Thursday, November 10, 2016

Clinton Color Symbolism

There are differing theories about why Hillary Clinton wore a black pantsuit with purple lapels yesterday to give her concession speech and why Bill Clinton wore a purple tie with his black suit and Anne Holton wore a long purple vest over her black costume. 

Photo: Reuters|Carlos Barria
Some have pointed out that black and purple are the colors of mourning, or that purple is the color of royalty and black is the color of mourning. Others have noted that purple combines Democratic blue with Republican red and is hence the color of unity and bipartisanship. 

There is yet another theory. Purple and black are the colors of anarcha-feminism. Wikipedia traces the history of anarcha-feminism from its origins in the 1890s until the beginning of this century, when anarcha-feminists coined the term manarchist to describe "male anarchists who are dismissive of feminist concerns, who are overtly antifeminist, or who behave in ways regarded as patriarchal and misogynistic."

Photo: LWV Media Library
Considering how conscious of symbolism the Clinton campaign has been--Hillary Clinton wore white, the color associated with suffragists, to accept the Democratic nomination, at the third presidential debate, and on election night; her supporters were encouraged to wear white on election day; the Javits Center, with its glass ceiling, was chosen as the place to await election results--the idea that purple and black were chosen because of the association with anarcha-feminism and its opposition to traditional concepts of gender roles seems most persuasive.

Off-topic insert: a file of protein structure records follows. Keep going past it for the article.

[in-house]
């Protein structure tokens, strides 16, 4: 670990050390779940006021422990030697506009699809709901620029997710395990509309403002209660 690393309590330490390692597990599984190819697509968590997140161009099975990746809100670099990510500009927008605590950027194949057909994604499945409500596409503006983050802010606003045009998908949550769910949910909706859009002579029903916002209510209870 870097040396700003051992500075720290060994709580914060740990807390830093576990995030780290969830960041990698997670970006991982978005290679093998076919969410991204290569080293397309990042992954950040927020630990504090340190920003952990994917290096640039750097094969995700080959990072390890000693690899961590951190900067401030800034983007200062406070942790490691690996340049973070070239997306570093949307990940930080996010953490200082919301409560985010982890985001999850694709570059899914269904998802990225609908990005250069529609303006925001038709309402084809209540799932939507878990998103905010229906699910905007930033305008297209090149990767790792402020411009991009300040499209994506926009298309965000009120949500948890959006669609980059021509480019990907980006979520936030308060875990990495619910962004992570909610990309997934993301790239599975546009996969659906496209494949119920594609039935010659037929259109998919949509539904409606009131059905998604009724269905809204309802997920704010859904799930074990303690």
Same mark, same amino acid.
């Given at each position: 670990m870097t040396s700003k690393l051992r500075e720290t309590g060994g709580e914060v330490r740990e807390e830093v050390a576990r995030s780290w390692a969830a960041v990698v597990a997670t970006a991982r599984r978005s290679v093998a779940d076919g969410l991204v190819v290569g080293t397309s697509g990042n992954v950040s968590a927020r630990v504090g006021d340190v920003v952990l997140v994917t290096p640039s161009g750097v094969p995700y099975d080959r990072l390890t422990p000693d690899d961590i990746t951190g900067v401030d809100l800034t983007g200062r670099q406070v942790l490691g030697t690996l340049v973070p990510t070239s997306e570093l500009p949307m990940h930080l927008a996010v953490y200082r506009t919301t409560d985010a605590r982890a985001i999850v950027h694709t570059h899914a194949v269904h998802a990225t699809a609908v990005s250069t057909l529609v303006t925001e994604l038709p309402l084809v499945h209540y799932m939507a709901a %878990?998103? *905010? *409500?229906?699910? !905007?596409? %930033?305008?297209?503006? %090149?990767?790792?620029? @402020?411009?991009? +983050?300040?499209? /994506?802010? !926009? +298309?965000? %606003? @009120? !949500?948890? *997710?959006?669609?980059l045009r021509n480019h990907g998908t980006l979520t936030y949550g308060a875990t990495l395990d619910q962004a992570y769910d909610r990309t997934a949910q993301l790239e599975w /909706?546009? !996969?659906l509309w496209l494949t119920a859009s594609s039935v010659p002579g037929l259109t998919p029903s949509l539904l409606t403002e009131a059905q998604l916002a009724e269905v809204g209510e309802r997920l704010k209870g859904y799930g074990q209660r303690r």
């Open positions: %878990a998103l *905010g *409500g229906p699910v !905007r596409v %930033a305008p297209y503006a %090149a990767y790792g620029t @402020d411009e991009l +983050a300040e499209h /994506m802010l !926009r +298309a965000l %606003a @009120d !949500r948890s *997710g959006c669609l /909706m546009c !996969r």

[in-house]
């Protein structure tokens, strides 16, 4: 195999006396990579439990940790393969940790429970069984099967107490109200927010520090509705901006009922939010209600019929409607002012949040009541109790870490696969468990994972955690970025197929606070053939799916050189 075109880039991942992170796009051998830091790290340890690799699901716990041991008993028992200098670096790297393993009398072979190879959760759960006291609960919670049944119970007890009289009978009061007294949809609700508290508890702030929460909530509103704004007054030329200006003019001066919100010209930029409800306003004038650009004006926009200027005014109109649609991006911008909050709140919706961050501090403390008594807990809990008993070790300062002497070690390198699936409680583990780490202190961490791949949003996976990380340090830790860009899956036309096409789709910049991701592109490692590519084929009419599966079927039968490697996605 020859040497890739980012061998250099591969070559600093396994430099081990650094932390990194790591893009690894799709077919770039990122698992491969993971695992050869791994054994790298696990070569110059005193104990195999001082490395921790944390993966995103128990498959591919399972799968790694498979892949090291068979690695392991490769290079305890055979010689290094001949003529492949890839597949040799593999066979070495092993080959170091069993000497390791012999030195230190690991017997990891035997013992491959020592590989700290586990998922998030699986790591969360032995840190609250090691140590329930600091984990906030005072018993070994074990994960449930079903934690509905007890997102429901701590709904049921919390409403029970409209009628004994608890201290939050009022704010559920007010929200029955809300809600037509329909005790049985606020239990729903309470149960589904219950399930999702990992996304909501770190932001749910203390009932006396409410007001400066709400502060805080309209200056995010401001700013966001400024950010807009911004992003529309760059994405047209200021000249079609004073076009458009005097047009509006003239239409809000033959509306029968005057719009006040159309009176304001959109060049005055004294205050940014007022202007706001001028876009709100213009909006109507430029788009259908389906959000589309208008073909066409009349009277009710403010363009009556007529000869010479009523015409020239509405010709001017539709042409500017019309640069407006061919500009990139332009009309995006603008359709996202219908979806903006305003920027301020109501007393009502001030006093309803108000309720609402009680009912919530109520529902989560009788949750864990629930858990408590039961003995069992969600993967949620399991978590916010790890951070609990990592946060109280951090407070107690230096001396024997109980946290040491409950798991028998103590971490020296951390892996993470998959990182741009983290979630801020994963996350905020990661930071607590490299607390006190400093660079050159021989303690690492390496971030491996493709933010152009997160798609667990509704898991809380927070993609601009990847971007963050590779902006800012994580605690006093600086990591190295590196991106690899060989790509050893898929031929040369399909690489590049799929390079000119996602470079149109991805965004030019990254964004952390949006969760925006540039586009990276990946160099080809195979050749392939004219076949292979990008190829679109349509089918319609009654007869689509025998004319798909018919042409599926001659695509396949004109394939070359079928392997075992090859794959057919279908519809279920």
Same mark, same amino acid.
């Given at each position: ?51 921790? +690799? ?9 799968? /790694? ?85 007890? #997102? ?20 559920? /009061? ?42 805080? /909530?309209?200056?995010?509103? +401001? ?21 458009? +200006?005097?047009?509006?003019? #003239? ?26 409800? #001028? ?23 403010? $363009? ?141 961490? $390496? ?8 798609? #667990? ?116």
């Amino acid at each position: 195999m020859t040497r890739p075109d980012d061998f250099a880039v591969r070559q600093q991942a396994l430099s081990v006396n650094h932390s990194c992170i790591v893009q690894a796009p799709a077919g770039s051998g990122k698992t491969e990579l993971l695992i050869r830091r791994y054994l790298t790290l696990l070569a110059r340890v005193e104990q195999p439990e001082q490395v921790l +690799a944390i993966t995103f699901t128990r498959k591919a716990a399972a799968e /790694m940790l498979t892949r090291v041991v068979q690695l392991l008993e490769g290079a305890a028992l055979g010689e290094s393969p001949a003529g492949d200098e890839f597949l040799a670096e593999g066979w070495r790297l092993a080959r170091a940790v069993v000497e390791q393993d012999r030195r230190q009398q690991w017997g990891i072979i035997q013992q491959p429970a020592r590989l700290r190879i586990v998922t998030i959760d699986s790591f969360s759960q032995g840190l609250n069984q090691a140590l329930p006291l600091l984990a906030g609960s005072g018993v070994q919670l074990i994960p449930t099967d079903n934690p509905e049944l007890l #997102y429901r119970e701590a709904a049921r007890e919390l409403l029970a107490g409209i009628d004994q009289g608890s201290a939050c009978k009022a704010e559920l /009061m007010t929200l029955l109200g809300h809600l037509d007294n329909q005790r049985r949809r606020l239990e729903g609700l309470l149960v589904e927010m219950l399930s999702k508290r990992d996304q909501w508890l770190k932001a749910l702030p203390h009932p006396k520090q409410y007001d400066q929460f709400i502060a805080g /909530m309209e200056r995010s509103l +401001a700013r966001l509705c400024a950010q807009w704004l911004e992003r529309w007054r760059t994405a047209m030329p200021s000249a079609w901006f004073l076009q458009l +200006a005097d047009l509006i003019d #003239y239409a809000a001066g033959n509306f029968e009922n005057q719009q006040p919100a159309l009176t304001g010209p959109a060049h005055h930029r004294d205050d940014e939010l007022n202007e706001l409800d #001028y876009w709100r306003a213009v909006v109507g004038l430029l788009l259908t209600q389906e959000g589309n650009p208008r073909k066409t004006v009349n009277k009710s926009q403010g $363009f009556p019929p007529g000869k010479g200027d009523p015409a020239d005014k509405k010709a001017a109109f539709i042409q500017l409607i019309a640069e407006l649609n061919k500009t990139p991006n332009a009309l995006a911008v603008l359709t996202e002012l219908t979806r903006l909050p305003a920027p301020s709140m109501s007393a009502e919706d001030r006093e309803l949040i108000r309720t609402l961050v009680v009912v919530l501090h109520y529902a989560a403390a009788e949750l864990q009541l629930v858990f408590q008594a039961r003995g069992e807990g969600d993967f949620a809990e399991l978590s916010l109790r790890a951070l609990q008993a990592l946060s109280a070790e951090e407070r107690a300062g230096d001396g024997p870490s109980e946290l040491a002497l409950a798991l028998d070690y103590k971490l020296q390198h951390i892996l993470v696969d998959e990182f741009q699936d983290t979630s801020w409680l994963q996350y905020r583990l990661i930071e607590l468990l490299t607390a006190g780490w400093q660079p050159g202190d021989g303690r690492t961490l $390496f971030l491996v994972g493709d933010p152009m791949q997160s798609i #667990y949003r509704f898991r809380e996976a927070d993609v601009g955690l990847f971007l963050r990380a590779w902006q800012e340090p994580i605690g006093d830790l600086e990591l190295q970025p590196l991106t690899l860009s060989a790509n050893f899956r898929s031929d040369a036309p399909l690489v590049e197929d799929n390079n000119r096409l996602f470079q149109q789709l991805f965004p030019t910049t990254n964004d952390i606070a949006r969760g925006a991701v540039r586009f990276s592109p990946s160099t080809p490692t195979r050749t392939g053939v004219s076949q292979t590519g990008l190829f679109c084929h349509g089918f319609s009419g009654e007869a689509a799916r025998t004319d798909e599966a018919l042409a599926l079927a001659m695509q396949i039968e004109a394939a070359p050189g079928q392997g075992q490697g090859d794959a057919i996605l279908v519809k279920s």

Gratitude to Susan Rubin for bringing this to our attention

1 comment:

  1. When Melania wore white at the RNC, critics immediately pointed out that it symbolized white suprematism. At the time, Clinton's color symbolism was already a topic of public discussion.

    "Hmm," I wondered, "is there a double standard going on here?" I merely saw a frequently unclothed woman in the act of plagiarizing a speech while wearing Seinfeld's puffy shirt.

    Transfixed on the white dress, Bill Clinton mumbled something about a cigar being just a cigar, sometimes. At once I deferred to his greater experience.